Wales looks forward to a new bridge over the Menai Straits
Thomas Telford’s original Menai Suspension Bridge opened in 1826 and Robert Stephenson’s Britannia Tubular Bridge followed in 1850 to carry rail traffic in two wrought-iron rectangular box spans. After a fire in 1970, which left only the limestone pillars remaining, the bridge was rebuilt using modern steel box girders, and now carries both rail and the busy road traffic of the A55 on an upper deck.
The bridges span the Menai Strait, a narrow stretch of shallow tidal water about 25 km long, which separates the island of Anglesey from the mainland of Wales.
A third bridge across the Menai Strait has been talked about for many years and could now be back on the agenda, according to the Welsh government.
Wales’ economy and infrastructure secretary, Ken Skates, said “I have long been clear in my commitment to a third Menai crossing, and the obvious benefits it would bring to local communities and the economy. We are now developing a preferred option for a new bridge in consultation with interested parties to see what is possible. As part of this process, we continue to explore with the National Grid opportunities for a combined road and cable crossing – something that could provide added benefits to the scheme for all.”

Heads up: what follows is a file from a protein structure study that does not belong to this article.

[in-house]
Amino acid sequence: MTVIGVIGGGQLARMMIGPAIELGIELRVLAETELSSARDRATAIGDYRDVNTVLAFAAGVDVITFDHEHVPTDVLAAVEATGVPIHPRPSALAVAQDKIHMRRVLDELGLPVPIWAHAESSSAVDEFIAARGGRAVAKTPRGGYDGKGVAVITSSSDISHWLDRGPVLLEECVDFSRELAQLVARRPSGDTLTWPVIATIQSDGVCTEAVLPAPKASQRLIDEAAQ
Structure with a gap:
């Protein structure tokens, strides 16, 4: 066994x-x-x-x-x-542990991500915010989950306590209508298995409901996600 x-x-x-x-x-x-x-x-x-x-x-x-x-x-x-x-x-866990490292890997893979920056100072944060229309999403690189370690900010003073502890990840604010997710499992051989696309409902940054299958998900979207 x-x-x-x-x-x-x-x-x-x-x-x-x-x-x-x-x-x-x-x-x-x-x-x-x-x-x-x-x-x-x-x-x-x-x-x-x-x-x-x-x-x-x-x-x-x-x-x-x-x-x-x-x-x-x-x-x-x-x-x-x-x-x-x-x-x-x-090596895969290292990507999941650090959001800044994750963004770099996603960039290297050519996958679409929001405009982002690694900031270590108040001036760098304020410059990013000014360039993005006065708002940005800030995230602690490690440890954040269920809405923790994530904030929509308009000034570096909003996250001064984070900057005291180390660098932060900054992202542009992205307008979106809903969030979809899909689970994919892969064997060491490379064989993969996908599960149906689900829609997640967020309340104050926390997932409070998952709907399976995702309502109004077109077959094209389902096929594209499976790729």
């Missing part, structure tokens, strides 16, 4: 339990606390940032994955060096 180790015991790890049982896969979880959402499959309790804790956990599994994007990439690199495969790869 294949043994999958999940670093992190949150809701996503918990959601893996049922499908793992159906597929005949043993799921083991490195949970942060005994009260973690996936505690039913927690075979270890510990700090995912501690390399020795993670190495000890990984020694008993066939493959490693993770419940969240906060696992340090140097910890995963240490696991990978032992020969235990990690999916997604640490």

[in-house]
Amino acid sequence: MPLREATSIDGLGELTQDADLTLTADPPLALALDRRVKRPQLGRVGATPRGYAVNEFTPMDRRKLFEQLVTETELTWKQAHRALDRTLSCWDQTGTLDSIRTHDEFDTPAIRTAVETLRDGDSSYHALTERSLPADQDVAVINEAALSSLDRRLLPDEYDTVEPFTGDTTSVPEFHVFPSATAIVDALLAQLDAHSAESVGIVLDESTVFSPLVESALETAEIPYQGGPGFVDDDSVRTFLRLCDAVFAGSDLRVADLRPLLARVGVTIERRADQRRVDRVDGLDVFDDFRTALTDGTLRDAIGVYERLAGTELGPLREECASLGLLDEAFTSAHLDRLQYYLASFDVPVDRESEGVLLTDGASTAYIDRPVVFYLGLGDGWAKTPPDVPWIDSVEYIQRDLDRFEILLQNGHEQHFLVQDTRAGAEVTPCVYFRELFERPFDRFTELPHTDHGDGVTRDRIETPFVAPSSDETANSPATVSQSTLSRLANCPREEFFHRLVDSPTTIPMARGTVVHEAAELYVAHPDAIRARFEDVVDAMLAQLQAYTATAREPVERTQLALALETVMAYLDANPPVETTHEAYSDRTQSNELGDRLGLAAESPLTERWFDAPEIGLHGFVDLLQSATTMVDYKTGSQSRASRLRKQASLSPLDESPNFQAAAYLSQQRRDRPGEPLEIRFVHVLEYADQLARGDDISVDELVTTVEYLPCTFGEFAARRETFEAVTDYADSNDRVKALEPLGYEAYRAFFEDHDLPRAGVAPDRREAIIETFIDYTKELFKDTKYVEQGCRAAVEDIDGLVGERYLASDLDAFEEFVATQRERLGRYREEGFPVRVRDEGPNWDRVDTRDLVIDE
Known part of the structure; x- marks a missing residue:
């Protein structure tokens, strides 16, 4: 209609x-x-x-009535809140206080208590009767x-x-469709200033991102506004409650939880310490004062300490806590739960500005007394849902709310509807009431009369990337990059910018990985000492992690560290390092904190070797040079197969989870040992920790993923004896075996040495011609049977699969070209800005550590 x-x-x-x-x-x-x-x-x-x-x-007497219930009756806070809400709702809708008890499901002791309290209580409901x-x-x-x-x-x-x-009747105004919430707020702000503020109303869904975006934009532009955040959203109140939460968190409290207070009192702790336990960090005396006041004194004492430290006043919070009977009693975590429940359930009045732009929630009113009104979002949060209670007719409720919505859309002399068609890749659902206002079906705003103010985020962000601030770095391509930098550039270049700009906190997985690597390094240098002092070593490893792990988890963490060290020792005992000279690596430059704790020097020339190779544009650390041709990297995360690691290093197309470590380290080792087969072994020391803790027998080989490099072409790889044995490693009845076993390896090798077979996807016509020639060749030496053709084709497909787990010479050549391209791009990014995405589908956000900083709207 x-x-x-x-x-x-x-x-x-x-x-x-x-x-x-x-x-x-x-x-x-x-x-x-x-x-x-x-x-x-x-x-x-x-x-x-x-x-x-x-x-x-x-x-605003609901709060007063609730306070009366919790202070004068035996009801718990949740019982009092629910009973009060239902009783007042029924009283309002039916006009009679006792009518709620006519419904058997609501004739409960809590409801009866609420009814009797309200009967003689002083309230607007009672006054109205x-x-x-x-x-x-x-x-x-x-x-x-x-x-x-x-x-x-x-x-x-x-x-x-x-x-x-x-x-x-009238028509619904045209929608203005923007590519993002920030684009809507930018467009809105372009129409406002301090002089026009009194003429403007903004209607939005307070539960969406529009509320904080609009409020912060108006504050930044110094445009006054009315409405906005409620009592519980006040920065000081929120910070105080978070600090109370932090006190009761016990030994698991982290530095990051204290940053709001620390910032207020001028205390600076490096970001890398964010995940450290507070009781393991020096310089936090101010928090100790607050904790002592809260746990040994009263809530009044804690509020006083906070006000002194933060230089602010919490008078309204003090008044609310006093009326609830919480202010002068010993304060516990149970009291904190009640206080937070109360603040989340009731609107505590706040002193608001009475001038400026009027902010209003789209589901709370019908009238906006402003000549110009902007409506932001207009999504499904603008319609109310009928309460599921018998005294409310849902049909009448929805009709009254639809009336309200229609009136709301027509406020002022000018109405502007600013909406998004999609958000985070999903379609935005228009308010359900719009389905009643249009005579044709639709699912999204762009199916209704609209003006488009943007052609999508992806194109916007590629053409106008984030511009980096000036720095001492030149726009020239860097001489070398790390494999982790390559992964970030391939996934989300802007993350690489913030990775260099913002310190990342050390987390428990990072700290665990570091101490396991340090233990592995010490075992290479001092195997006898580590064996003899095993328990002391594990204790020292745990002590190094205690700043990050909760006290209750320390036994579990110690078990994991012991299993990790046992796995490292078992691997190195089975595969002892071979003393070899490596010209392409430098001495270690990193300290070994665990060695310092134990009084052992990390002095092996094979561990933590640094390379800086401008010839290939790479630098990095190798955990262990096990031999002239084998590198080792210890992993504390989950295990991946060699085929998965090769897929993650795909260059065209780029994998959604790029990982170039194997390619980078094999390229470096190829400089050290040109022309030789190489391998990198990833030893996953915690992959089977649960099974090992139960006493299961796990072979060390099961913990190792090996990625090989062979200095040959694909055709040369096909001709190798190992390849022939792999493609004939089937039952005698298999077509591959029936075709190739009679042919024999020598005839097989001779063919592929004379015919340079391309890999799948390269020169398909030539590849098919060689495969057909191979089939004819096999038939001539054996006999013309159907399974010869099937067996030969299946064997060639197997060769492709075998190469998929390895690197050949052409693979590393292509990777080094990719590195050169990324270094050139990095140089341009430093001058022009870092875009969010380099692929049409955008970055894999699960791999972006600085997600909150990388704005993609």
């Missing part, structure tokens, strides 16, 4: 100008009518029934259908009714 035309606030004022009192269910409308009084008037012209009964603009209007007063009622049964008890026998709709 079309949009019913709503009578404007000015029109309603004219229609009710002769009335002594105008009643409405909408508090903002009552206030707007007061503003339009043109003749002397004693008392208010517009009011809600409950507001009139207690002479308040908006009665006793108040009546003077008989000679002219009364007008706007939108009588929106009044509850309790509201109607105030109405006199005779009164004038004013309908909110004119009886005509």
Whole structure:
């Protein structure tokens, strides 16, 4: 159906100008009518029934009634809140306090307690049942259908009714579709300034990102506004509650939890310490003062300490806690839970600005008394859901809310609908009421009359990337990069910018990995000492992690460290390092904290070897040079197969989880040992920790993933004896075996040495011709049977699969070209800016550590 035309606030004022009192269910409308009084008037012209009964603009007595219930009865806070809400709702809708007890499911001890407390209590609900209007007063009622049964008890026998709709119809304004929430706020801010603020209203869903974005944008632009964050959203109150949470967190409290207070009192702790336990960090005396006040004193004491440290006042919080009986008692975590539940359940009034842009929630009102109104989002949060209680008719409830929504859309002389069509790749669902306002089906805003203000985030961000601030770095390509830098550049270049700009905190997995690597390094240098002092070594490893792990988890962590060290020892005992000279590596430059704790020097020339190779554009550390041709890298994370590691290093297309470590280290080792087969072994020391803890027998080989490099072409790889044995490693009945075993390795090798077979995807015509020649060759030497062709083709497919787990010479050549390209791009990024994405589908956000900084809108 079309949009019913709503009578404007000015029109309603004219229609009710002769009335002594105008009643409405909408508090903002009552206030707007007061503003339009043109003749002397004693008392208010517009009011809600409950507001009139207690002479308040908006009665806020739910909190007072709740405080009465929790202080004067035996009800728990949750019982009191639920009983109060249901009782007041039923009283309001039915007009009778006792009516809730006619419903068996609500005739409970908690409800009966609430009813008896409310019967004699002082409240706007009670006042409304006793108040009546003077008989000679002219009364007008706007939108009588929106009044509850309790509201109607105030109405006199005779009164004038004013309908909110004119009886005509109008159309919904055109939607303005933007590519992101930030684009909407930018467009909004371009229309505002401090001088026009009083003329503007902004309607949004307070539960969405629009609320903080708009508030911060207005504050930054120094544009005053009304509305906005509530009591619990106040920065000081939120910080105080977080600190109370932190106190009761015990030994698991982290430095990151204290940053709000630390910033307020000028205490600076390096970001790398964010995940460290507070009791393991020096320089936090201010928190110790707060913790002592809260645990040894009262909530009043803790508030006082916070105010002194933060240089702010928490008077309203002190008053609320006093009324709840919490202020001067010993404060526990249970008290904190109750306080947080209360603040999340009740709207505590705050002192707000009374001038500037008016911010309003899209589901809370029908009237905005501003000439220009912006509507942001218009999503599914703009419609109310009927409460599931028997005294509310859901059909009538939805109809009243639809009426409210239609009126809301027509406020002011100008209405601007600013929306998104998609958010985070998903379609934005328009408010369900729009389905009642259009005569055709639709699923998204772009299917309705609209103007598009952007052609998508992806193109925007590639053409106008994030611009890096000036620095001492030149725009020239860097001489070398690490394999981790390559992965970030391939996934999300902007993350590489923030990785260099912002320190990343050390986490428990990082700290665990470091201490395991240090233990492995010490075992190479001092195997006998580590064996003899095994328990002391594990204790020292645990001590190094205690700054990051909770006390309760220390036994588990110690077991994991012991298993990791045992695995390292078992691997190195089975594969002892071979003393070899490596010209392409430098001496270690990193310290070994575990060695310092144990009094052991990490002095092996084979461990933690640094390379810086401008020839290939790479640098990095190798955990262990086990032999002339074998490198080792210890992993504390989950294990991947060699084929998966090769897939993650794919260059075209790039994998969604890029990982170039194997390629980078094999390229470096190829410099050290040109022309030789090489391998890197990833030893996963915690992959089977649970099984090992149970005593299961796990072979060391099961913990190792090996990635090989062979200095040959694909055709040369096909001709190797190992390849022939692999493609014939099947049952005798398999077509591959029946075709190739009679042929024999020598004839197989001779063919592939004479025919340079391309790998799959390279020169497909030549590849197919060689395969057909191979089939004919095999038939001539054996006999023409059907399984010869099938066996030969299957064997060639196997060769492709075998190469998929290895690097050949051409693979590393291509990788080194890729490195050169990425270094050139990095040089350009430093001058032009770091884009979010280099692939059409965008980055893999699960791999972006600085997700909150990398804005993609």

A spokesperson for the Welsh government said “The issue of a new crossing has been raised several times in the past, and investigations and consultations with the public over proposals for a new bridge crossing to relieve congestion across Britannia Bridge have taken place. Other options to ease congestion on the Menai are also being explored. An undersea tunnel across the Menai Straits may be a better option. Consultants will be appointed to look at ways to alleviate traffic on the two bridges serving the island.”